Energy Observer, the world's first experimental hydrogen powered deep sea vessel, is undergoing its fourth optimisation test, after completing the first leg of its round-the-world voyage.
After seven months in Northern Europe, covering 7,500nm with 16 stopovers in 11 countries, that produced no greenhouse effects, the 30m long catamaran is undergoing a three-month winter technical stopover at its home port of Saint Malo, Normandy, before resuming its expedition to Japan in mid-February.
Its team of professional seafarers, engineers and technicians meanwhile are preparing for a new challenge – to reach Japan before July.
Captain Victorien Erussard, founder and master of the Energy Observer project, says that maritime transport has huge energy requirements and largely operates on heavy, mostly bad quality fuels producing substantial emissions of fine particles, NOx, Sox and CO2.
He said: 'The experimental vessel in a six-year 101 stage round-the-world voyage aims to promote alternative energy technologies without CO2 emissions.'
Energy Observer, which operates with eight people on board, can reach a speed of 28km/h. It took four years to restructure the former racing catamaran to become a totally energy autonomous vessel, driven by a unique mix of hydrogen and renewable energies.
In partnership with CEA, the French government-funded research organisation Alternative Energies and Atomic Energy Commission, the ship is equipped with a fuel cell that is capable of independently converting hydrogen into electric energy by desalinating seawater, that then passes through an electrolyser that separates water into hydrogen and oxygen. Most of the technology onboard is French made.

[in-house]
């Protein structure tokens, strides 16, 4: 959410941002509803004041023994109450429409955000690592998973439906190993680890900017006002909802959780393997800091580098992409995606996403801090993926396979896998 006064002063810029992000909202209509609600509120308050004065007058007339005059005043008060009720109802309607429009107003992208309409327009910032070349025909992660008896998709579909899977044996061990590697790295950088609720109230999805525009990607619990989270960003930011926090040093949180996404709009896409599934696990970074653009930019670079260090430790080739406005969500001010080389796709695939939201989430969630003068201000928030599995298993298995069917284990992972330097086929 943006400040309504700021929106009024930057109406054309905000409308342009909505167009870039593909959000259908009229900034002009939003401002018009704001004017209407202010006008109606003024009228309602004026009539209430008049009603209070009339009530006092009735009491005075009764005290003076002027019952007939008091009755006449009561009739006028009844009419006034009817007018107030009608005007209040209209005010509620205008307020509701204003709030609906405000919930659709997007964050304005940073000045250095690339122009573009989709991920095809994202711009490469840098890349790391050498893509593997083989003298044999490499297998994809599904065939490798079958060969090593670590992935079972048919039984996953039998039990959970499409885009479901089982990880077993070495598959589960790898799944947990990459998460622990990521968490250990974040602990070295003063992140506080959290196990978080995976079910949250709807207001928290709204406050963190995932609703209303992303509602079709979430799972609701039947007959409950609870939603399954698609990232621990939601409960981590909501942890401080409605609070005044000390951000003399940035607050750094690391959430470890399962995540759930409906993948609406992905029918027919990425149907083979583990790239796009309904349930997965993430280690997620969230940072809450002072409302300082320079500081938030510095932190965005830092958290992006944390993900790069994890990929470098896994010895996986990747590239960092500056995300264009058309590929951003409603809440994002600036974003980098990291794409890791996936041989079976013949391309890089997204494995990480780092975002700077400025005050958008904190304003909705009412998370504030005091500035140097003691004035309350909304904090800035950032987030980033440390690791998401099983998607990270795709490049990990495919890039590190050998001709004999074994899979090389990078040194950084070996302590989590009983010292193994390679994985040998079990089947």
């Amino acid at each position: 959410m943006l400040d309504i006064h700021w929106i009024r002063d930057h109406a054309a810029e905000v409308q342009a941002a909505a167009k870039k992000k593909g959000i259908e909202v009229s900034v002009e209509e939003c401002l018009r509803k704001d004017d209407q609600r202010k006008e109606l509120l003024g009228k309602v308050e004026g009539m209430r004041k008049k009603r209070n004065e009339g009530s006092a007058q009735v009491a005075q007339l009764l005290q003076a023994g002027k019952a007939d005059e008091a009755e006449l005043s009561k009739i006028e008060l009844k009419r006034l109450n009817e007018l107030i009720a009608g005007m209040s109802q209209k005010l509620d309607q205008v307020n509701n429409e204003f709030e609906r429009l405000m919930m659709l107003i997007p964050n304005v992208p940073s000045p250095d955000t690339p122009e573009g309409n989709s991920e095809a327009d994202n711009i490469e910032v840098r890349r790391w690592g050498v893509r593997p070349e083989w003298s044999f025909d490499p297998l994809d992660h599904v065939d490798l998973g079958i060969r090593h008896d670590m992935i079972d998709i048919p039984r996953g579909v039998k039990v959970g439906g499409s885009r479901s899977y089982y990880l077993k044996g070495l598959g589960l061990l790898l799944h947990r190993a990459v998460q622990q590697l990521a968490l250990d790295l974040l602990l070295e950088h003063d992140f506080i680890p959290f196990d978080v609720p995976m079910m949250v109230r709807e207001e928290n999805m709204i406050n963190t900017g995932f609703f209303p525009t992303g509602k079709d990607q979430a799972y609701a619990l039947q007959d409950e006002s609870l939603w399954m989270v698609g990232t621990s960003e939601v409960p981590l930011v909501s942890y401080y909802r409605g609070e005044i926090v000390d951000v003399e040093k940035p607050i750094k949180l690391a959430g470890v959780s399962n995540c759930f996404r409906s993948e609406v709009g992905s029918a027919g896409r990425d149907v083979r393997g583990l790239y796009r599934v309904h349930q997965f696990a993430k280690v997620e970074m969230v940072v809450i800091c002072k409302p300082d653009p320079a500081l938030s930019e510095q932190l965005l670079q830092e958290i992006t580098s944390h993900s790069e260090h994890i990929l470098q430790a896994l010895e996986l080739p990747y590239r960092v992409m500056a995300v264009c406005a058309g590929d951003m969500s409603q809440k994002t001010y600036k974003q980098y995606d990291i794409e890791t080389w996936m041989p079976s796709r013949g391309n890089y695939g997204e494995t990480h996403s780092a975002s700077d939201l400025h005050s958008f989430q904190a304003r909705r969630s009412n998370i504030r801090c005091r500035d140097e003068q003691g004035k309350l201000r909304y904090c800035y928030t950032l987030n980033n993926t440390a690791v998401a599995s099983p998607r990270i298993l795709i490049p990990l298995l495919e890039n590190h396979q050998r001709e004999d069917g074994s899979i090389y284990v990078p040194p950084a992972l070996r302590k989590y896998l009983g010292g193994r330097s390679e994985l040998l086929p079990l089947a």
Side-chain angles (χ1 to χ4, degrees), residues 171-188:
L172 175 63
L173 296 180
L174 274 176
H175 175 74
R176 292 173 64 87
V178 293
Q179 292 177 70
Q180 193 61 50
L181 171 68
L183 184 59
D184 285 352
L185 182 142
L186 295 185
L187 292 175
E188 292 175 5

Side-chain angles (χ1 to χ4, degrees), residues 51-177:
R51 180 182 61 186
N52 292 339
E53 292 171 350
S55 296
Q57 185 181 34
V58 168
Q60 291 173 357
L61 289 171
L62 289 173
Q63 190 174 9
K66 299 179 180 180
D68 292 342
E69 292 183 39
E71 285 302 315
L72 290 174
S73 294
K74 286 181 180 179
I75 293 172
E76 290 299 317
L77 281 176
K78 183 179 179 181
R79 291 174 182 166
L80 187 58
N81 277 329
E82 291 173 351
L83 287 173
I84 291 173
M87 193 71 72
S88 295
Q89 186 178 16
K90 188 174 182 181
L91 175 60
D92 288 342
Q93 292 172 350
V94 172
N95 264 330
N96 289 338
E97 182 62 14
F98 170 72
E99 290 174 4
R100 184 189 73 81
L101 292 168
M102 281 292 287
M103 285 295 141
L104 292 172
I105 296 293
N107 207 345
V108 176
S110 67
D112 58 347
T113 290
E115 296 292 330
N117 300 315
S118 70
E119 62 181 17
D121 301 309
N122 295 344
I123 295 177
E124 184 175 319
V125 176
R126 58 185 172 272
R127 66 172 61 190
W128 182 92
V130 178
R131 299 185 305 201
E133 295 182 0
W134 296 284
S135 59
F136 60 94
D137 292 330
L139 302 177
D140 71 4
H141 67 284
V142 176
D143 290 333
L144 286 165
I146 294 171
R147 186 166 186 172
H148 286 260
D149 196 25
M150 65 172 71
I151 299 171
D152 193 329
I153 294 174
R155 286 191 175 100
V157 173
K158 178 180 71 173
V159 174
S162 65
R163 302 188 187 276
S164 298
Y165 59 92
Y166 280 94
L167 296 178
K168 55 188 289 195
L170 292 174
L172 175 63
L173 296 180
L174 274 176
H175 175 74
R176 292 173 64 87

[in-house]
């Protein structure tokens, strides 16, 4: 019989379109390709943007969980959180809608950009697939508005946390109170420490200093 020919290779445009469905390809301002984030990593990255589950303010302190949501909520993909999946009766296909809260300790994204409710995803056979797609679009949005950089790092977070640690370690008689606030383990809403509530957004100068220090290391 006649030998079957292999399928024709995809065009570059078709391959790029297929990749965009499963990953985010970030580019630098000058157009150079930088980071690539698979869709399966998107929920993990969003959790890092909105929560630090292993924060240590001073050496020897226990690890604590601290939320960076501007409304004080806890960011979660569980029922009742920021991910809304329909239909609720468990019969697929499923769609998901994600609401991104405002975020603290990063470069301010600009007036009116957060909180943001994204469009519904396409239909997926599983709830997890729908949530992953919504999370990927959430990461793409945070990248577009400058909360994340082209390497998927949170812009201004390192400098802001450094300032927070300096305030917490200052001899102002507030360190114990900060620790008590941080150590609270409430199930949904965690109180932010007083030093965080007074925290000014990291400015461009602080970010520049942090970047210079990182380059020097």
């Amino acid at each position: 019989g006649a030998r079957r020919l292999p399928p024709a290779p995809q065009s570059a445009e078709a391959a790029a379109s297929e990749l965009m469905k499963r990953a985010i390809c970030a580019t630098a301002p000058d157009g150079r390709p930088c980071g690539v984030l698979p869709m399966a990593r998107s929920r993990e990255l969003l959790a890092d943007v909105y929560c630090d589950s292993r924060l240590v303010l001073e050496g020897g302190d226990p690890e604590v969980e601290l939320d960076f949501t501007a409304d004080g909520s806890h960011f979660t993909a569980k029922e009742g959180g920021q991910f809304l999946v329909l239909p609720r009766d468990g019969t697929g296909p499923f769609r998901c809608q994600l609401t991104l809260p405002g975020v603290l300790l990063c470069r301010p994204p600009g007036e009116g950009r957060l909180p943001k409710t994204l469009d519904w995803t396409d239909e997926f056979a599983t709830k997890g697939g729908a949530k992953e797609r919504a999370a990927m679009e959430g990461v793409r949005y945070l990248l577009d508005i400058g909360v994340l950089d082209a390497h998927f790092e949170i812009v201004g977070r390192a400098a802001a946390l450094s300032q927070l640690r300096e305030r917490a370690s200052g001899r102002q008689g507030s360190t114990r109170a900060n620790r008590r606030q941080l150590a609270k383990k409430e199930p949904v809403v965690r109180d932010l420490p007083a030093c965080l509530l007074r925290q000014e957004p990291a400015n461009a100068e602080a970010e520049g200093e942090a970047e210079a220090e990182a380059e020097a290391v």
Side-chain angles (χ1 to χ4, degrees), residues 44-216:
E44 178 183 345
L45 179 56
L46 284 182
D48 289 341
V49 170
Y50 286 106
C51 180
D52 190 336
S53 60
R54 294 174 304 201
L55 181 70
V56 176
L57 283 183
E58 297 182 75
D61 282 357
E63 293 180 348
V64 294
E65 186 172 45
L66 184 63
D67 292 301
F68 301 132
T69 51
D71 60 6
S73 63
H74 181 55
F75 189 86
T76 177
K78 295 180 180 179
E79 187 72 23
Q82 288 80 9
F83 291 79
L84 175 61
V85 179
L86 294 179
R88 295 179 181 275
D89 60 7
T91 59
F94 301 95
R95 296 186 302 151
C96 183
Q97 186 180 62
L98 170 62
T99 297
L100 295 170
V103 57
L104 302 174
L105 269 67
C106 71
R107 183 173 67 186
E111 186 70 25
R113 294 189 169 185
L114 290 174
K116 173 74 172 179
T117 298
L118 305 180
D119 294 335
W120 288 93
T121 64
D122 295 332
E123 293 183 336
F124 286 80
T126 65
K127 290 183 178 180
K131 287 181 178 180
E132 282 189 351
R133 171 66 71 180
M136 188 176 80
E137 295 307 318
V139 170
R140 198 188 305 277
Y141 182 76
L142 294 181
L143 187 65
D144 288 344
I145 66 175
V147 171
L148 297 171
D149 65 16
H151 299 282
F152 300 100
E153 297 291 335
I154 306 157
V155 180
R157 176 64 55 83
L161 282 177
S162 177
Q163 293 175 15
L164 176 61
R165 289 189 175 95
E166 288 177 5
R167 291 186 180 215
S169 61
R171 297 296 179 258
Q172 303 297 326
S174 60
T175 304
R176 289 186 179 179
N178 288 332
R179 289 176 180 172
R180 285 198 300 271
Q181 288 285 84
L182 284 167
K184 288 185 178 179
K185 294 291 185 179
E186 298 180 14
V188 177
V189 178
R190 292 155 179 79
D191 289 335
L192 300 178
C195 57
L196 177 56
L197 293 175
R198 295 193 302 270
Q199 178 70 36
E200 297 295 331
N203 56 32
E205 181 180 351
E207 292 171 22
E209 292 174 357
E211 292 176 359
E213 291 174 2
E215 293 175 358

Electric propulsion is the future, the captain said. Systems tested by the electric catamaran 'enable us to explore the world without damaging it'.
In navigating over almost 20,000nm over the last three years, Energy Observer has tested several systems, among the most effective being the installation of 130m2 of photovoltaic solar panels covering all possible areas of the ship's exploitable surface and two 6.5m spiral-type wind turbines.
In 2019, Energy Observer made a series of calls in French waters, before sailing to Northern Europe: Antwerp, Amsterdam, Hamburg, Copenhagen, Stockholm, Helsinki, Tallinn, St. Petersburg, Tromsø, Bodo, Alesund, Aberdeen, London and then returning to France (Dunkirk).
The voyage to the Norwegian Arctic port of Spitsbergen in August was made with complete energy autonomy, with the catamaran powered solely by renewable energies and hydrogen and without greenhouse gas emissions, fine particles or noise, making it a world first.
From a technical point of view, the vessel's two Oceanwings optimised the energy contribution of the wind (up to 42%) thus saving the energy traditionally allocated to the vessel's propulsion.
For Capt. Erussard, the Energy Observer's team approached difficulties and encountered unusual and unexpected weather conditions. The new hydrogen-based energy system showed that 'we could go further and faster and that it was a good solution'.
By 2050 the world's commercial fleet will have to reduce greenhouse gas emissions by 50%. 'Current new solutions such as Liquefied Natural Gas (LNG) only reduce CO2 emissions by 20% and even if fine particles disappear, noise pollution is still a problem. Vessel refits are possible but integrated solutions on new ships are more coherent,' said Capt Erussard.
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